01 Jan Wrapping Paper
Yesterday when I got home from traveling up north in Japan, there was a package waiting at my door. It felt so strange and so surreal, returning home to my life in Osaka. Coming into my apartment and feeling that sense of comfort of having my things — returning.
I waited until the morning to open the package sent by my stepmom Eileen. I woke up and ripped open the package to find a red and white Christmas stocking.
I poured its contents on my bed: my family’s Christmas card, chocolates, Christmas lights and a shell ornament, a small American flag and some Japanese stickers, and a few small objects in wrapping paper.
I picked up the first one, feeling the touch of the layered edges folded over each other and awkwardly taped and the joy of ripping it open, not knowing what it contains.
Nostalgia overwhelmed me, and I literally felt like I was in my living room at home with my family again with the paper in my hands, the fireplace on, the smell of coffee and breakfast beginning. The present was a figure of Santa driving down the highway passing a sign noting all the classic Malibu surf spots of my hometown.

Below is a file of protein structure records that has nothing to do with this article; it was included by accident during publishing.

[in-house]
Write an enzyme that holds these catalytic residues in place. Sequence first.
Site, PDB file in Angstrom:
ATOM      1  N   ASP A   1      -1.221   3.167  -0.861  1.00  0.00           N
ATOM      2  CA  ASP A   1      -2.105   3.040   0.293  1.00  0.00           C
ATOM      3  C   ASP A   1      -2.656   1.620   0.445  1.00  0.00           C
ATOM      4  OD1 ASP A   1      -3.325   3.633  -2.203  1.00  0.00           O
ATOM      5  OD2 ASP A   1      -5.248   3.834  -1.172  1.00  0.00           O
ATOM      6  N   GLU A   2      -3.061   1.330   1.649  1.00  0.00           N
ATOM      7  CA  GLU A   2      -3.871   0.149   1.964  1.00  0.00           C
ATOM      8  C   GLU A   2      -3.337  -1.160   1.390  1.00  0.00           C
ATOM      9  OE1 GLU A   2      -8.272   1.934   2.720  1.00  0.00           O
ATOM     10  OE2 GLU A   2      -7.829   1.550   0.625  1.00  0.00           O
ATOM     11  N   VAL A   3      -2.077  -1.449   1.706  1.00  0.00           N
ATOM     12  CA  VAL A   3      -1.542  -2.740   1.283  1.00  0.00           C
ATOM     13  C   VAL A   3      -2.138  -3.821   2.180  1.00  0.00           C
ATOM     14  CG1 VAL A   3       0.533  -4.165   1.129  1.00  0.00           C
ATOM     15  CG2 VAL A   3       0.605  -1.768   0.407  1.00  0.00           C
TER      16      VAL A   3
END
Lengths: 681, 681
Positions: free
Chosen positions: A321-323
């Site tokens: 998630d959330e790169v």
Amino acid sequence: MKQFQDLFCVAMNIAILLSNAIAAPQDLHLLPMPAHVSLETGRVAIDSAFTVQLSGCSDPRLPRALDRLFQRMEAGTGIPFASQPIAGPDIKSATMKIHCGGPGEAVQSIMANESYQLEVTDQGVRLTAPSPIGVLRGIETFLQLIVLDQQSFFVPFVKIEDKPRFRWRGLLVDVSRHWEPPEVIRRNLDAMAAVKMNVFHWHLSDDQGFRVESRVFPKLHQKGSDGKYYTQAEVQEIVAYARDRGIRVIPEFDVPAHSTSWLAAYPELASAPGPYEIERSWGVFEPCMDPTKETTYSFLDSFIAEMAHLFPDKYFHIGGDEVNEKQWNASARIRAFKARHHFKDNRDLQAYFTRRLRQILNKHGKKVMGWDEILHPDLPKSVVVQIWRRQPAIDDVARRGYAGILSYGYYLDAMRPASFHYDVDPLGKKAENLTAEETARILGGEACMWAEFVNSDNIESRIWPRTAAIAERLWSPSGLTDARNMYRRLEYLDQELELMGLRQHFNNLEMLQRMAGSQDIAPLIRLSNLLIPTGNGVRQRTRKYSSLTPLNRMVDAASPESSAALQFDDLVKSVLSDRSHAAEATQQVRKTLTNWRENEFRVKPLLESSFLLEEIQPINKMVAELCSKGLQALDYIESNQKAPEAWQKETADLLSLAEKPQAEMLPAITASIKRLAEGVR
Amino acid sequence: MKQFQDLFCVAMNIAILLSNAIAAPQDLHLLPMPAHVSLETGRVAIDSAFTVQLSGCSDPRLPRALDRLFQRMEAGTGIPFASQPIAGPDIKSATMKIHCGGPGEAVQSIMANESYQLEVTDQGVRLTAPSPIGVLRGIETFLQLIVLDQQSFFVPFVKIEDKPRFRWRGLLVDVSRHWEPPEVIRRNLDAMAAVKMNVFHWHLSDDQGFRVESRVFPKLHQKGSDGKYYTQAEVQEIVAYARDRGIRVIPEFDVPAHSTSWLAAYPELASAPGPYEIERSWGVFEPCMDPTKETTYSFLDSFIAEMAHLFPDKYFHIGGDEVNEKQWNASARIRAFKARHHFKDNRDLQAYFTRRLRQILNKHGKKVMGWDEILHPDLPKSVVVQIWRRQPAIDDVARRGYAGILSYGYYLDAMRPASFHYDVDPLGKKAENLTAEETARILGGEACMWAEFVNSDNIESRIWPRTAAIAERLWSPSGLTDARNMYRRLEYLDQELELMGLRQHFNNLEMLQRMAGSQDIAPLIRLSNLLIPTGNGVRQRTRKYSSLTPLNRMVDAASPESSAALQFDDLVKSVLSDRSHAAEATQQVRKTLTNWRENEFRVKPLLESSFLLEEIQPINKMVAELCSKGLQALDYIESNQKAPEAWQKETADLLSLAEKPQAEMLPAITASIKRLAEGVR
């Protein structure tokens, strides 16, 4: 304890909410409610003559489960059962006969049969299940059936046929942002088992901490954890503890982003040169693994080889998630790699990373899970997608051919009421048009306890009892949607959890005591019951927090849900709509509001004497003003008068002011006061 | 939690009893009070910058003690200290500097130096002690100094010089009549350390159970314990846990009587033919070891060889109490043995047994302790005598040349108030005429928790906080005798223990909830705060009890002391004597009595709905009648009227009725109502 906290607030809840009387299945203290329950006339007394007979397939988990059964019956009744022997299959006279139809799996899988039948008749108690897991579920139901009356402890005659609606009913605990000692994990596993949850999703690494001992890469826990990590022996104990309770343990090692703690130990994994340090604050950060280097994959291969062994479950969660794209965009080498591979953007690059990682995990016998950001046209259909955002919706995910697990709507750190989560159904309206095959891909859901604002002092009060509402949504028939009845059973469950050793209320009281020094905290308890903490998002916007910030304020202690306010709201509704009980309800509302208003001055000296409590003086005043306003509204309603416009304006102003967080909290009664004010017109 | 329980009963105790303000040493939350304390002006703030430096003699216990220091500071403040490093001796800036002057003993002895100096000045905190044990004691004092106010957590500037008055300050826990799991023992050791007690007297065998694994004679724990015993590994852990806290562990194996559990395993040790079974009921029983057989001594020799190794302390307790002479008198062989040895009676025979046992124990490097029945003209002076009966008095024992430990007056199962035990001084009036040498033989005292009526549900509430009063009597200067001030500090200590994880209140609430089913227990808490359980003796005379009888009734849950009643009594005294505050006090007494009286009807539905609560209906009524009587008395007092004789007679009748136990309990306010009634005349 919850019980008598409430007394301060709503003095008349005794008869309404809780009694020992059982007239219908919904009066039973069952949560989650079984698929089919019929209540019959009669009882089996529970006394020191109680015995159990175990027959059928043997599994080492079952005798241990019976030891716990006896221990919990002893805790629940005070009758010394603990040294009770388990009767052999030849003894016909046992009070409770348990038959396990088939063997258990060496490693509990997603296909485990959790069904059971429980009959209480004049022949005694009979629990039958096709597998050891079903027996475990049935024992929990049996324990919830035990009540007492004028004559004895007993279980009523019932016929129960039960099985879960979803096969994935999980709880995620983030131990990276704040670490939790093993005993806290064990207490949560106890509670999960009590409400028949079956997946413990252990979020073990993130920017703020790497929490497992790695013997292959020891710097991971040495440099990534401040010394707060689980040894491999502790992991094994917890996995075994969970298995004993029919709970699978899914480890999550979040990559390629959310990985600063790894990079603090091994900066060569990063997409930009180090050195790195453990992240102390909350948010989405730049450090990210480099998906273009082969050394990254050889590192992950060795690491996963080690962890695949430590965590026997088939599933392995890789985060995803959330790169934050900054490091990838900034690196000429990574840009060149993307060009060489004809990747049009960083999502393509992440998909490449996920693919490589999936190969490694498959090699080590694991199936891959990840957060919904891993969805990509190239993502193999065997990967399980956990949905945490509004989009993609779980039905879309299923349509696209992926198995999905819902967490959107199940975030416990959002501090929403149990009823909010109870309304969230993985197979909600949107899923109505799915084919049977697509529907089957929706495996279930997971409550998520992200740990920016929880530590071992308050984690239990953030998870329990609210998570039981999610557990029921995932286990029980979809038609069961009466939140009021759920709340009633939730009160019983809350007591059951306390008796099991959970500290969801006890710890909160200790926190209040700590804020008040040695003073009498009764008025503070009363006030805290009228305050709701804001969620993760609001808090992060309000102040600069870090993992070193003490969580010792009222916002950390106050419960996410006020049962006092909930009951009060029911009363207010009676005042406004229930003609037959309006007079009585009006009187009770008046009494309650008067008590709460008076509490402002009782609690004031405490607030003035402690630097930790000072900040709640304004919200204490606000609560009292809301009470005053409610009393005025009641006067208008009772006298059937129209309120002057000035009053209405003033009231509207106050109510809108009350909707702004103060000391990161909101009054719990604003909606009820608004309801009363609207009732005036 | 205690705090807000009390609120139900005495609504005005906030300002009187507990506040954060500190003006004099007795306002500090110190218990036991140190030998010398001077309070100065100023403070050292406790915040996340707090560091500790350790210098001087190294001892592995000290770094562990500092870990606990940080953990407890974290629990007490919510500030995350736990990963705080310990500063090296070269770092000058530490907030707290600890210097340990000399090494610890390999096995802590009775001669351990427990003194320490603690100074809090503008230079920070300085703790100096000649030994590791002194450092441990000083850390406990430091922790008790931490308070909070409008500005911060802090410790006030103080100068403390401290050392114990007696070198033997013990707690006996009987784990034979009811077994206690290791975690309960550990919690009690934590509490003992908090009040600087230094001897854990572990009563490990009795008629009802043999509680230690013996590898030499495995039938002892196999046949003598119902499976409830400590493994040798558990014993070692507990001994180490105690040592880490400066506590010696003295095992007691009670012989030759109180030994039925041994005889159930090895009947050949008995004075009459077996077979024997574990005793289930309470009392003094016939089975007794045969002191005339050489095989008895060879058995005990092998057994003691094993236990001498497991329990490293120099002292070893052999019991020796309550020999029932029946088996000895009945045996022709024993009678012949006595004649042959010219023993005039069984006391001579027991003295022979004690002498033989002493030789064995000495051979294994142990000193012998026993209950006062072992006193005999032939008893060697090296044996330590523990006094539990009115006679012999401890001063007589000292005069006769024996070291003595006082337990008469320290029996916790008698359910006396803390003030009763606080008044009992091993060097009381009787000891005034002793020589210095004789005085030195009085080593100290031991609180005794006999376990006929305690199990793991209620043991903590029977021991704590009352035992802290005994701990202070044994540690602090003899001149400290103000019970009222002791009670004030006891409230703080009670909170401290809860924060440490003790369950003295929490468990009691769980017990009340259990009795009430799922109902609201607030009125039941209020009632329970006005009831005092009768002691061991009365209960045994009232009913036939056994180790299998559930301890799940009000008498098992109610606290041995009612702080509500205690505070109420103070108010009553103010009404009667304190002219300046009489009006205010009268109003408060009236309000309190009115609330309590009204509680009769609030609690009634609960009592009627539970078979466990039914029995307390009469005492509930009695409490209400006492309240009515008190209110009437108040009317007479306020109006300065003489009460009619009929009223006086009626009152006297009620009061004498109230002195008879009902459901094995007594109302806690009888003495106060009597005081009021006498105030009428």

I started to cry. Then I started to laugh. And it became a laughing cry I couldn’t contain.
I have my best friend here, visit me in Japan. We’re traveling the world together. I chose this, and I’m so damn grateful for the life I’m pursuing; I’m so damn grateful to have my brother here, sharing this experience of facing the unknown and having so much fuc*ing fun.
But we both talked on Christmas after FaceTiming our families about how we miss them, how it’s wild that this is both of our first Christmas away.
There are payoffs, highs and lows of the choices we make in life — -things are seldom as easy, straightforward, or amazing as they seem.
Feeling the wrapping paper in my hands overwhelmed me in a wonderful way, and the emotion started to flow, and it felt good to cry and feel it, and be here.
I hadn’t yet touched wrapping paper this Christmas. Perhaps that’s what was missing.
Perhaps that’s what I needed to let the tears fall, so that I may continue on.